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Issue 25
May , 2010
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Radiation exposes India’s laxity in dealing with e-waste

Source: Deccan Herald, Date: April , 2010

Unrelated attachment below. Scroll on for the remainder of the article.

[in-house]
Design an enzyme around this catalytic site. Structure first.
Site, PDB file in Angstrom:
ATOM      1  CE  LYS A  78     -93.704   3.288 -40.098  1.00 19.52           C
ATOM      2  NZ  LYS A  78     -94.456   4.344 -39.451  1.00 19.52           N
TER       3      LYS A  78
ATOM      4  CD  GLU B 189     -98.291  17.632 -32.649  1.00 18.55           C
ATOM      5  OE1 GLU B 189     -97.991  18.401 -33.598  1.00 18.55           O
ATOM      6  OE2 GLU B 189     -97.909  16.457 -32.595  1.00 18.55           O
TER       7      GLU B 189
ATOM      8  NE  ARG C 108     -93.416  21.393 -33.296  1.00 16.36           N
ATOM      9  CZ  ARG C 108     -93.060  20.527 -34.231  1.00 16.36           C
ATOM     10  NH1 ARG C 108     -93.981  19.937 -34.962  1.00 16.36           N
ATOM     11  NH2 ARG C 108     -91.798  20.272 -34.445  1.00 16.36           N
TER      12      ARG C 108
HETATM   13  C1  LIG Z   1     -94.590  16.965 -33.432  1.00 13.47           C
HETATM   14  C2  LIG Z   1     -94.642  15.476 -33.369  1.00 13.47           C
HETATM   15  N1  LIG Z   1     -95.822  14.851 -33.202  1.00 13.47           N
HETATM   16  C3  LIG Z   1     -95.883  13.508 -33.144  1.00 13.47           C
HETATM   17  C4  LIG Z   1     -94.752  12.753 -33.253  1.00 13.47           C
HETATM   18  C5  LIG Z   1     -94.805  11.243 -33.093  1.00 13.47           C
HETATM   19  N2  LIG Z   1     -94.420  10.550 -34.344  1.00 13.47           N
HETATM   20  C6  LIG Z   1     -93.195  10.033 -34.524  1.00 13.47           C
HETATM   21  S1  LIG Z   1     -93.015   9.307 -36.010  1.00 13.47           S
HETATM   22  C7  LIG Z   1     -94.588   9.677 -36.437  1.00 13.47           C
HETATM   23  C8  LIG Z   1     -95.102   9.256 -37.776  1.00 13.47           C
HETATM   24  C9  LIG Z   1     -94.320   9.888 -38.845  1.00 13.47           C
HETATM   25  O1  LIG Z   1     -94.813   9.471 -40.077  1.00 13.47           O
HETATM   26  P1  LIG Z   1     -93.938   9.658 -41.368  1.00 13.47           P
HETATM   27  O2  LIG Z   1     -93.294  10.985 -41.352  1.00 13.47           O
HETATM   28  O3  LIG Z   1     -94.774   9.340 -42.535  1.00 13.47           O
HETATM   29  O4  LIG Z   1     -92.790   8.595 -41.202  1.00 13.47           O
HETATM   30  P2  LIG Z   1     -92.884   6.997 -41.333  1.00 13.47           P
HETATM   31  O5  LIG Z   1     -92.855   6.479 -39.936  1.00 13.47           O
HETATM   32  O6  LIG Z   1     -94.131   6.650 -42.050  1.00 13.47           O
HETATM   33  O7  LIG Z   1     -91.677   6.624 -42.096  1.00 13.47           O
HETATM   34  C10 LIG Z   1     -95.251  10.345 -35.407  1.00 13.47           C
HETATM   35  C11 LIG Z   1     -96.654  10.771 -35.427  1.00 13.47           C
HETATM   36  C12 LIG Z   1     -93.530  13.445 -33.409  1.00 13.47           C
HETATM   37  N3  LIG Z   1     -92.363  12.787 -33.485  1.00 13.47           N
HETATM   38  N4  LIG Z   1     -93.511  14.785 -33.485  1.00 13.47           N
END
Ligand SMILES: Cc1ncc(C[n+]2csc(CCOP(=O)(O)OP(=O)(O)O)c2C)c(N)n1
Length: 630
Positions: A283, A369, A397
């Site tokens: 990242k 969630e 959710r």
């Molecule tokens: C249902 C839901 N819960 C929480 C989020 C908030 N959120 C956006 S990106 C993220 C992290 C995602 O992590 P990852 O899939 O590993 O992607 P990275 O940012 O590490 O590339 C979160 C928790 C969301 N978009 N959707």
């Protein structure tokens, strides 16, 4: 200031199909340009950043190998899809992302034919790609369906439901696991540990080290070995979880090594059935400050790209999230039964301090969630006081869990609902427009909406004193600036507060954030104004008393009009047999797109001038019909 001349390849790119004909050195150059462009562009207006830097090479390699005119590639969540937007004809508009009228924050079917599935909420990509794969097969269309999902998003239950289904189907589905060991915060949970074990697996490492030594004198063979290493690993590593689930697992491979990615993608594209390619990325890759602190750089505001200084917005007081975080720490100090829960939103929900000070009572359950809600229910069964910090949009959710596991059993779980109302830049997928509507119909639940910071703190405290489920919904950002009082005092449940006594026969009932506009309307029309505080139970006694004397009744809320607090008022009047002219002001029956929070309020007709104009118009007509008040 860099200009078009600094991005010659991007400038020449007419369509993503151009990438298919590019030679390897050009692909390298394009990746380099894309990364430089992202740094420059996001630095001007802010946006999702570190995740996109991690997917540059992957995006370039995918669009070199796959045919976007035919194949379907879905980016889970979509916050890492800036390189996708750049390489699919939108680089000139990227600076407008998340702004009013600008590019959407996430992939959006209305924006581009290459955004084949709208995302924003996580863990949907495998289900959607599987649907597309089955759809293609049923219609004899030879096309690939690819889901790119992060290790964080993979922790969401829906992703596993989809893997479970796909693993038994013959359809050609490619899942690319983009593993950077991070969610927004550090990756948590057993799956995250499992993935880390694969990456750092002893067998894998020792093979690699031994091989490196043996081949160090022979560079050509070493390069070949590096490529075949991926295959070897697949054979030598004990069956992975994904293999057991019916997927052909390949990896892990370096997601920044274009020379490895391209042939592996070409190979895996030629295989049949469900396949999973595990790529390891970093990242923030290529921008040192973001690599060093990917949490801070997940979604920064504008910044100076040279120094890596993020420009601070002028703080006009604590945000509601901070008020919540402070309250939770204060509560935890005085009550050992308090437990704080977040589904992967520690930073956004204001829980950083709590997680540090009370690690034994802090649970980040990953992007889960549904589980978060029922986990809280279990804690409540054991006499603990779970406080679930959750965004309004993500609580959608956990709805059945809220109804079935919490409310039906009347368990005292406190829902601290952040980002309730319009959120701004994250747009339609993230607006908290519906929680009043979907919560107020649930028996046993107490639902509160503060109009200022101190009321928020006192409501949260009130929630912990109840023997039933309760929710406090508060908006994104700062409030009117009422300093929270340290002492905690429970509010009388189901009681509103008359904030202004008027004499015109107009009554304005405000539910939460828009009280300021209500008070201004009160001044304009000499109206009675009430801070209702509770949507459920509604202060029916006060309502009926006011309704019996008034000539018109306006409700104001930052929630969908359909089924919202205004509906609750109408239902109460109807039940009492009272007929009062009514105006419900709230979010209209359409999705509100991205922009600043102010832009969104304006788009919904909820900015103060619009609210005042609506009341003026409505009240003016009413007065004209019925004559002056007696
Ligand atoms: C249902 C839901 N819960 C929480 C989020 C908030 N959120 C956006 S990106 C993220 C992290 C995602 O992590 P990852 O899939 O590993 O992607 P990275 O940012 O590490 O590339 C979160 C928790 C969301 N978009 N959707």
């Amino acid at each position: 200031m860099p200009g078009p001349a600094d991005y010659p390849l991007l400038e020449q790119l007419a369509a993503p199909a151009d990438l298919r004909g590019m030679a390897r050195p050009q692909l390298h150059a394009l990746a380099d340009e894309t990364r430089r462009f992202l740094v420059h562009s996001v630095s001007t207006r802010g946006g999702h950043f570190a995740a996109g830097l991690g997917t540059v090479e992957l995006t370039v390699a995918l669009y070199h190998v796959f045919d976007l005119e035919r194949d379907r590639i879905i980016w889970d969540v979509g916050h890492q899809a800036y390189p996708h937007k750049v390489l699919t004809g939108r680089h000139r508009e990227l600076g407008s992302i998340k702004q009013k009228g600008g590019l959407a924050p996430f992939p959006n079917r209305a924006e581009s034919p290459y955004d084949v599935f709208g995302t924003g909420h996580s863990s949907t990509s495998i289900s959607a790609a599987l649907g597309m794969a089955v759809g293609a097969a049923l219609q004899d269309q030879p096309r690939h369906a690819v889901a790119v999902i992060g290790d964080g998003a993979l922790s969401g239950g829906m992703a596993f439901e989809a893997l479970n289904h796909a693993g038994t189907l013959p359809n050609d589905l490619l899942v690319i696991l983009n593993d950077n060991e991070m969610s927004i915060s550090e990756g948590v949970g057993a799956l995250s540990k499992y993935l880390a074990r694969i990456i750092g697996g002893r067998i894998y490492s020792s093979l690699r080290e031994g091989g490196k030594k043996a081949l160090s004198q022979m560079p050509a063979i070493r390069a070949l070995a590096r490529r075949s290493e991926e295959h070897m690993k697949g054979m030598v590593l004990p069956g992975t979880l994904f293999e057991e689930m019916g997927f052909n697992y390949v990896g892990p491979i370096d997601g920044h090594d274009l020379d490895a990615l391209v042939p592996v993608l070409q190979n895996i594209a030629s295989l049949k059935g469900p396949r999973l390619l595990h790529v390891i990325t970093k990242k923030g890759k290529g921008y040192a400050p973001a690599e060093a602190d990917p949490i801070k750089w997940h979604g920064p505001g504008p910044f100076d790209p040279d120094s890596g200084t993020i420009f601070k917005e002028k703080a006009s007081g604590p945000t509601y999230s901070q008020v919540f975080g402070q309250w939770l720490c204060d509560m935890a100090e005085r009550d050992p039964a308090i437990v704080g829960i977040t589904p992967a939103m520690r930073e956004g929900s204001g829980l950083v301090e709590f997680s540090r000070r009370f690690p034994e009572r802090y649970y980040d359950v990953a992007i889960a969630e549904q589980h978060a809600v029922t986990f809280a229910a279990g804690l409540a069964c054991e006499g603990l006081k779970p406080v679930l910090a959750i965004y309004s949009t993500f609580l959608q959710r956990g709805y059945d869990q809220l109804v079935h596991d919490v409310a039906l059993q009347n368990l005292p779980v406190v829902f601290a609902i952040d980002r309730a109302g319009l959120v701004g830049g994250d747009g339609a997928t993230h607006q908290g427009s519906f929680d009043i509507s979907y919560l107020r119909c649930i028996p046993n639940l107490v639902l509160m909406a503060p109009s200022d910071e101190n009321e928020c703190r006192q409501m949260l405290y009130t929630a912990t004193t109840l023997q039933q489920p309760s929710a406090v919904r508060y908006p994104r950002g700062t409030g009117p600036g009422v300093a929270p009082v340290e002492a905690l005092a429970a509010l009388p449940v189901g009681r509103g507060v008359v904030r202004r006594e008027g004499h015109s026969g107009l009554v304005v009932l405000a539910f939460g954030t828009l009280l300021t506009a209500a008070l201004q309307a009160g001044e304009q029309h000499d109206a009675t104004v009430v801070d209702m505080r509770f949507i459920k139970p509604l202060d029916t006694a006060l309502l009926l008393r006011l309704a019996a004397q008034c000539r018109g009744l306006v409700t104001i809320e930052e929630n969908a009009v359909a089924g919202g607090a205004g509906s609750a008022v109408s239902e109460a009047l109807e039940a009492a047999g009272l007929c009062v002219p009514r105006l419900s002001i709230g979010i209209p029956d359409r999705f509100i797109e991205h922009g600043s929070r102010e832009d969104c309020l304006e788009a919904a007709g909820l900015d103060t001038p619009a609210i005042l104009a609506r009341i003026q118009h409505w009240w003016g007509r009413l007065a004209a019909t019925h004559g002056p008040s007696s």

And then there is what came into the small shop owned by Deepak Jain: A piece, or pieces, of metal blamed for an alarming radiation scare this month that hospitalised seven people (one of whom died two days ago) and caused the police to temporarily cordon off an area barely 14 km from parliament. Some experts declared it one of the most troubling cases of radiation exposure in recent years. Critics have blamed the importing of discarded computer equipment, known as toxic e-waste, for long-term chronic health problems among workers in scrapyards, as well as environmental damage. authorities say the country’s guidelines on importing scrap meet international standards, yet enforcement and monitoring is inadequate. A plan to install radiation monitors at ports and airports is behind schedule.“I admit that all of it has not yet been deployed,” science and technology minister Prithviraj Chavan, said. “The only time they have taken action is when there is a crisis or a worst case,” said Ravi Agarwal, founder of Toxics Link, a nongovernmental group focused on the waste trade.

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